Biden honors fallen police: Being a cop today 'harder than it has ever been'

Biden honors fallen police: Being a cop today 'harder than it has ever been'
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President BidenJoe BidenBiden to provide update Monday on US response to omicron variant Restless progressives eye 2024 Emhoff lights first candle in National Menorah-lighting ceremony MORE on Saturday honored police during a speech outside the Capitol to honor officers who died in the line of duty in 2019 and 2020.

Biden said it had been a historically difficult period for police, arguing that the wider public didn’t understand the difficulties and that the country would have a harder time finding people to be officers as a result.

“I’ve been coming to this memorial for 40 years, missed a couple, and I’ve spoken to too many police memorials around the country, and it always amazes me how the public doesn’t fully understand what we expect of our law enforcement officers,” Biden said at the 40th annual National Peace Officers’ Memorial Service.

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Biden said being a police officer today “is a lot harder than it has ever been.”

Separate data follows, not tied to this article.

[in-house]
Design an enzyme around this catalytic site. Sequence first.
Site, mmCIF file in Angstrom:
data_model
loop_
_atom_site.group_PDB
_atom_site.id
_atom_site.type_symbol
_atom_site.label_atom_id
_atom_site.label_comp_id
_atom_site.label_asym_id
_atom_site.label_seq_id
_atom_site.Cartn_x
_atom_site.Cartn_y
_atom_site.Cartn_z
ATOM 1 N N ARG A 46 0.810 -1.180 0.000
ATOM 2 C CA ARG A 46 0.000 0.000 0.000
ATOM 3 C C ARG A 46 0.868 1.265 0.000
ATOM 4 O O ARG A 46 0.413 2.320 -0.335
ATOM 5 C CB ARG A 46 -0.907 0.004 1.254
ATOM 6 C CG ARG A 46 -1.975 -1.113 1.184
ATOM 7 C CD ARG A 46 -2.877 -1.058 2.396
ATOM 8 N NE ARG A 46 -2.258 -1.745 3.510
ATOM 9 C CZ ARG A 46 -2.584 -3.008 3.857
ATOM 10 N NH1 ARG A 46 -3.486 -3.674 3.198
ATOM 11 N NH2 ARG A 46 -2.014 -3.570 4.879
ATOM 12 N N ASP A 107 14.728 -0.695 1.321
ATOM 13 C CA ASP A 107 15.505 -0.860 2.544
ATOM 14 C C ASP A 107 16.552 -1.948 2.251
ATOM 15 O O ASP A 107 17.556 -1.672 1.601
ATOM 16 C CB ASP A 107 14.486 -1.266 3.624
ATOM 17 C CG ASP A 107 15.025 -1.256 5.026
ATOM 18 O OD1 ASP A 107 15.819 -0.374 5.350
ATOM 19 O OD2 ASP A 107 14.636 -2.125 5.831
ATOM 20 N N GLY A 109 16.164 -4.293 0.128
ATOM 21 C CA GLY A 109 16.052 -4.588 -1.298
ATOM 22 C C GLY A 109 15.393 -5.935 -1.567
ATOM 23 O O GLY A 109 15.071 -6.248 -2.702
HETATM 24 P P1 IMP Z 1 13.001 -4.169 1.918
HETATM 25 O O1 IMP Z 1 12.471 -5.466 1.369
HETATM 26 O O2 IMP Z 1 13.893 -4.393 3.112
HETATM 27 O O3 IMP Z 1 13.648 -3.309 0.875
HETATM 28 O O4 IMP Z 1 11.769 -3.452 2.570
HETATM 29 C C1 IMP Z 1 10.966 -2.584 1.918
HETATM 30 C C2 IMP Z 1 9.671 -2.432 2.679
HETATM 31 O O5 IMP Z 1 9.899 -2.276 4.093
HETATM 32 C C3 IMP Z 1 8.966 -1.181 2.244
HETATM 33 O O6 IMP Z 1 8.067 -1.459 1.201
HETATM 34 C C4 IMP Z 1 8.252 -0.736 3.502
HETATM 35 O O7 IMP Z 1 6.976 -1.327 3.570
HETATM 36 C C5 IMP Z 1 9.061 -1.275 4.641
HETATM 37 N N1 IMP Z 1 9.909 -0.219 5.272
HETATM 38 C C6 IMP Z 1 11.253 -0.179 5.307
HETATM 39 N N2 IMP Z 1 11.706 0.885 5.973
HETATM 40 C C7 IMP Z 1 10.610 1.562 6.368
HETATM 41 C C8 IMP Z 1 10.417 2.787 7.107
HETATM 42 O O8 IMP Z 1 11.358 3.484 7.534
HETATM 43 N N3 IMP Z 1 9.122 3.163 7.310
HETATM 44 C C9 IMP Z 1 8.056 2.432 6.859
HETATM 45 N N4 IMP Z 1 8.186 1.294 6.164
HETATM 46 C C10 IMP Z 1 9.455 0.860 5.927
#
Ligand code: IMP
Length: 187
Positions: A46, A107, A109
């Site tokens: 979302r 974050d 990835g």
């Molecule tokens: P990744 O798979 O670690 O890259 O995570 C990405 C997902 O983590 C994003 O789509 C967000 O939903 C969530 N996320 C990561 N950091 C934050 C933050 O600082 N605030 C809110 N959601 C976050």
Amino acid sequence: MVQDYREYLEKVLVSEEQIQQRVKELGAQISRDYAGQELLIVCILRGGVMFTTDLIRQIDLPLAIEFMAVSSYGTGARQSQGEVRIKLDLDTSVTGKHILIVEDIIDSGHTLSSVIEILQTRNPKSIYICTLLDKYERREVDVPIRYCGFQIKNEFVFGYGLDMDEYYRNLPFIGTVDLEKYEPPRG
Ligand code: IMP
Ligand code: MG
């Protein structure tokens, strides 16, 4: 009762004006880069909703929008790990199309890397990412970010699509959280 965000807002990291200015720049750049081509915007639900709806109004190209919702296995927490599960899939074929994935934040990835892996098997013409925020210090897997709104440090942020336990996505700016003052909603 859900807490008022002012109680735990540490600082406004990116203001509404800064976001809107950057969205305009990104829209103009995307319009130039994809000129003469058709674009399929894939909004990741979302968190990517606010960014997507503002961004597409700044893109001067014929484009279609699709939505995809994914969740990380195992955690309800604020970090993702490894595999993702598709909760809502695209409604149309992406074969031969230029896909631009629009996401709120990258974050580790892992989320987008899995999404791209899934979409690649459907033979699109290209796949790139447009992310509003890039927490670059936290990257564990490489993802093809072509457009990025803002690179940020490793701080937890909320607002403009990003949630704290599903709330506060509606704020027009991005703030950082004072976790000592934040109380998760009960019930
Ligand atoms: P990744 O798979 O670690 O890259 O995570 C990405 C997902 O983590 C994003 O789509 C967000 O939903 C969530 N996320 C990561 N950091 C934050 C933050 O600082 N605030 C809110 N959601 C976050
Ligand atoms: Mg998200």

“We expect you to be people ready to stand in the way and take a bullet for us. We expect you to be able to track down the bad guys. We expect you to be able to be the psychologist who talks the couple that are having a violent confrontation together to step back,” he said. “We expect you to be everything. We expect everything of you, and it’s beyond the capacity of anyone to meet the tall expectations.”

“We’re waking up to the notion that unless we can change the environment in which the job can be done, we’re going to have trouble having enough women and men come forward who want to do the job,” said Biden, who ordered flags to be flown at half-staff in recognition of Saturday’s event.

He also commented on the shootings early Saturday of three officers who had been working security jobs at a Houston bar when they came under fire in what police there described as an ambush attack and on the police who defended the Capitol when a mob overwhelmed U.S. Capitol Police and invaded the building on Jan. 6.

Biden did not mention the controversies that have consumed discussions about police, particularly since the killing by police in Minneapolis of George Floyd, which led to a murder conviction for one officer in that city this year.

The White House has backed efforts in Congress to pass police reform legislation, though those talks ended earlier this year over differences between GOP and Democratic negotiators.

Biden mentioned various policies he’s backed for gun control during the event, including “red flag” laws that would allow authorities or family members to remove guns from people who could represent a danger to themselves or others.

He also noted that he has called on Congress to reauthorize the Violence Against Women Act. Forty percent of all calls that result in an officer’s death were domestic violence related, Biden said.

Biden also noted that COVID-19 has caused more deaths for police in the line of duty than all other causes combined.

Police unions in some cities have argued against vaccine mandates despite the deaths of officers from COVID-19.